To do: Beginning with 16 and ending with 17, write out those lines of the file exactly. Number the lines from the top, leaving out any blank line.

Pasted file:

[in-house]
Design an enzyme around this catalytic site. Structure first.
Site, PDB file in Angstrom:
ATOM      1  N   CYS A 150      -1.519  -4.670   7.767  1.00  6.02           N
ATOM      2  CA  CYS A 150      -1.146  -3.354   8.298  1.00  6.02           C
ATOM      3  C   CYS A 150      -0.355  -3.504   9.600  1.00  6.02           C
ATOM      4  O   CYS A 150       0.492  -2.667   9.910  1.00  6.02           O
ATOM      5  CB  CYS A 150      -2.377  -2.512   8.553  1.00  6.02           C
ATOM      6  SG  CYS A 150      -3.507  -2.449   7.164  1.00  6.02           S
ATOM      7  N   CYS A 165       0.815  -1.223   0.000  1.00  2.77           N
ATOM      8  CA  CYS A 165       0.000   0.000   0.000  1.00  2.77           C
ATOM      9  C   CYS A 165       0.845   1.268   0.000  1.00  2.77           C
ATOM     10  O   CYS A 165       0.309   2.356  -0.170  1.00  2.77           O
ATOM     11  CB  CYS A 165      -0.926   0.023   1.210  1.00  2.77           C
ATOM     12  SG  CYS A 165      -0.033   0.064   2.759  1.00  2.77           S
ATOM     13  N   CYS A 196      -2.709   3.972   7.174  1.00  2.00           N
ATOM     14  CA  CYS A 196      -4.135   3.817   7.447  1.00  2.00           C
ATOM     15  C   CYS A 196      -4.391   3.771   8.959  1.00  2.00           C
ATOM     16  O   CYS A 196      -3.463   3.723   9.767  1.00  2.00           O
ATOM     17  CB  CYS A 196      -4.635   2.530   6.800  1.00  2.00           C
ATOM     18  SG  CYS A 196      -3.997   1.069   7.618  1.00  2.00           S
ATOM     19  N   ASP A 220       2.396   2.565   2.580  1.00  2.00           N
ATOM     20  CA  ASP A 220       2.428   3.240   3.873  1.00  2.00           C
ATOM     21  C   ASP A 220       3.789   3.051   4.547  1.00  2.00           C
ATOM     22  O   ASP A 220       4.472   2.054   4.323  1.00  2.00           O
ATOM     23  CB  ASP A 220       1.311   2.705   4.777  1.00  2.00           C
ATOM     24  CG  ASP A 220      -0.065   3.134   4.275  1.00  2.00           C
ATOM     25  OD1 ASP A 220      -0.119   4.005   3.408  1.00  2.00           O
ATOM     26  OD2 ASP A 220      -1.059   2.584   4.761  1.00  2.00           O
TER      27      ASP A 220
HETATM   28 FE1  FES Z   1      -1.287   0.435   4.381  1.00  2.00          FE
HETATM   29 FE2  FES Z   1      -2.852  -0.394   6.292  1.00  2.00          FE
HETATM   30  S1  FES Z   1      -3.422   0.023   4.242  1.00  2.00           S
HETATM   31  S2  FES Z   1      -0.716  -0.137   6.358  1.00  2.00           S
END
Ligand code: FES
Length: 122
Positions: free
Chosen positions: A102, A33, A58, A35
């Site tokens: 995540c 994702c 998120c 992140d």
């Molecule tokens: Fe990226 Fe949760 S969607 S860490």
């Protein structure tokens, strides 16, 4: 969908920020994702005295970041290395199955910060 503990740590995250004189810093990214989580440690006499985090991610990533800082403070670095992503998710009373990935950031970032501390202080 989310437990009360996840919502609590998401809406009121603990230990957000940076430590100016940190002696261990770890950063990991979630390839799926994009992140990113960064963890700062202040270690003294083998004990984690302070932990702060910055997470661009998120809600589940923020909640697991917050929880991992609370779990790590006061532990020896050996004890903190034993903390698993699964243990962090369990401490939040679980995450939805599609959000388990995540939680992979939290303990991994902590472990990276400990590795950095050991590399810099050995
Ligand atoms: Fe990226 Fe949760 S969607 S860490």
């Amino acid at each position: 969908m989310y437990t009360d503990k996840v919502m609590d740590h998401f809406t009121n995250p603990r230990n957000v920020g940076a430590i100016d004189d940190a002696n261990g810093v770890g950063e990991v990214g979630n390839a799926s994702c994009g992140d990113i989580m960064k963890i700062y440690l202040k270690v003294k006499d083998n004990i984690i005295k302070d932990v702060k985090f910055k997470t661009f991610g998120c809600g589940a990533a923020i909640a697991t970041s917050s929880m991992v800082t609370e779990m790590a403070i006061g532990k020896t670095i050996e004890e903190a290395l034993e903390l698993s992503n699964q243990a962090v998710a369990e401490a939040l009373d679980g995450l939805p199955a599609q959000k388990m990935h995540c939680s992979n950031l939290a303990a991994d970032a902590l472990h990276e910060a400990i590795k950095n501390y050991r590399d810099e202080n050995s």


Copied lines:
ATOM     13  N   CYS A 196      -2.709   3.972   7.174  1.00  2.00           N
ATOM     14  CA  CYS A 196      -4.135   3.817   7.447  1.00  2.00           C